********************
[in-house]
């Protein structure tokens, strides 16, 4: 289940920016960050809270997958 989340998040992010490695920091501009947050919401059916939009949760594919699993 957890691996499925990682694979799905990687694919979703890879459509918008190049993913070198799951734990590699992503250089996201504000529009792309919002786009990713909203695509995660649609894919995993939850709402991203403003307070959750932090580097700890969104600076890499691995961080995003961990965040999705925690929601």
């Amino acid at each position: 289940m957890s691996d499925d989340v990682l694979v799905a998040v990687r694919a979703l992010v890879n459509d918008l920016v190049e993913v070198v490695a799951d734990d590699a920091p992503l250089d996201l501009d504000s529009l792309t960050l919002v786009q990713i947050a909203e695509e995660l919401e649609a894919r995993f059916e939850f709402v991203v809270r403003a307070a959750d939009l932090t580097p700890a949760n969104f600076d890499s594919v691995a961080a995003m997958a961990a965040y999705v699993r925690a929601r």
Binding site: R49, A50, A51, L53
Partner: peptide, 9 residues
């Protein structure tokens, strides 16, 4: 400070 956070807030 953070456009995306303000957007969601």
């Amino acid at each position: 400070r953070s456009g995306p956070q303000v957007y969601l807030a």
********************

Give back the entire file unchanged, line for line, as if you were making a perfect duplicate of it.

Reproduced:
[in-house]
């Protein structure tokens, strides 16, 4: 289940920016960050809270997958 989340998040992010490695920091501009947050919401059916939009949760594919699993 957890691996499925990682694979799905990687694919979703890879459509918008190049993913070198799951734990590699992503250089996201504000529009792309919002786009990713909203695509995660649609894919995993939850709402991203403003307070959750932090580097700890969104600076890499691995961080995003961990965040999705925690929601």
């Amino acid at each position: 289940m957890s691996d499925d989340v990682l694979v799905a998040v990687r694919a979703l992010v890879n459509d918008l920016v190049e993913v070198v490695a799951d734990d590699a920091p992503l250089d996201l501009d504000s529009l792309t960050l919002v786009q990713i947050a909203e695509e995660l919401e649609a894919r995993f059916e939850f709402v991203v809270r403003a307070a959750d939009l932090t580097p700890a949760n969104f600076d890499s594919v691995a961080a995003m997958a961990a965040y999705v699993r925690a929601r």
Binding site: R49, A50, A51, L53
Partner: peptide, 9 residues
């Protein structure tokens, strides 16, 4: 400070 956070807030 953070456009995306303000957007969601």
């Amino acid at each position: 400070r953070s456009g995306p956070q303000v957007y969601l807030a």